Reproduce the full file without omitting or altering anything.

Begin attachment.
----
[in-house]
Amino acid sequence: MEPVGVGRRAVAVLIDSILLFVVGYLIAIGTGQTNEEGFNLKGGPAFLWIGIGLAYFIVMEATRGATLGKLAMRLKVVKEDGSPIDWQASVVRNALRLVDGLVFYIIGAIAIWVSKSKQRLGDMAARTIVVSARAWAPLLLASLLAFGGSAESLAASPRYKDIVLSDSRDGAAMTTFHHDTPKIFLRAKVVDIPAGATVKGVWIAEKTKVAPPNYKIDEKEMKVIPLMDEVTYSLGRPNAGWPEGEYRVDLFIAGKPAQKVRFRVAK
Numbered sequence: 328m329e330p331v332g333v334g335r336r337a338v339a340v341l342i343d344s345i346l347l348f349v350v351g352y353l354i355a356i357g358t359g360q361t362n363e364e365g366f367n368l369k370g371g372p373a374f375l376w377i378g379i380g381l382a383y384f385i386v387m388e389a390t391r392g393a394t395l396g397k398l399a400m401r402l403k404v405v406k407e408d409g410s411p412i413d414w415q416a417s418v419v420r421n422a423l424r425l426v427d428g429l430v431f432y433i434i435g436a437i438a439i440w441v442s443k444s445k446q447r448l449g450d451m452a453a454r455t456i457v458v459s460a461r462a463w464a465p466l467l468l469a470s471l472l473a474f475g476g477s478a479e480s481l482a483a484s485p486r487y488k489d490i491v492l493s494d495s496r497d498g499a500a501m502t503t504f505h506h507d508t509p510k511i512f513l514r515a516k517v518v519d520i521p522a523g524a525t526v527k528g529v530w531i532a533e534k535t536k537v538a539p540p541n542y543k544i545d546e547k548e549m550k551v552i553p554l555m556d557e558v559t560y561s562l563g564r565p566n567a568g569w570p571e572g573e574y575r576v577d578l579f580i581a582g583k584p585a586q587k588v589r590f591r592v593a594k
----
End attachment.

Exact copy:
[in-house]
Amino acid sequence: MEPVGVGRRAVAVLIDSILLFVVGYLIAIGTGQTNEEGFNLKGGPAFLWIGIGLAYFIVMEATRGATLGKLAMRLKVVKEDGSPIDWQASVVRNALRLVDGLVFYIIGAIAIWVSKSKQRLGDMAARTIVVSARAWAPLLLASLLAFGGSAESLAASPRYKDIVLSDSRDGAAMTTFHHDTPKIFLRAKVVDIPAGATVKGVWIAEKTKVAPPNYKIDEKEMKVIPLMDEVTYSLGRPNAGWPEGEYRVDLFIAGKPAQKVRFRVAK
Numbered sequence: 328m329e330p331v332g333v334g335r336r337a338v339a340v341l342i343d344s345i346l347l348f349v350v351g352y353l354i355a356i357g358t359g360q361t362n363e364e365g366f367n368l369k370g371g372p373a374f375l376w377i378g379i380g381l382a383y384f385i386v387m388e389a390t391r392g393a394t395l396g397k398l399a400m401r402l403k404v405v406k407e408d409g410s411p412i413d414w415q416a417s418v419v420r421n422a423l424r425l426v427d428g429l430v431f432y433i434i435g436a437i438a439i440w441v442s443k444s445k446q447r448l449g450d451m452a453a454r455t456i457v458v459s460a461r462a463w464a465p466l467l468l469a470s471l472l473a474f475g476g477s478a479e480s481l482a483a484s485p486r487y488k489d490i491v492l493s494d495s496r497d498g499a500a501m502t503t504f505h506h507d508t509p510k511i512f513l514r515a516k517v518v519d520i521p522a523g524a525t526v527k528g529v530w531i532a533e534k535t536k537v538a539p540p541n542y543k544i545d546e547k548e549m550k551v552i553p554l555m556d557e558v559t560y561s562l563g564r565p566n567a568g569w570p571e572g573e574y575r576v577d578l579f580i581a582g583k584p585a586q587k588v589r590f591r592v593a594k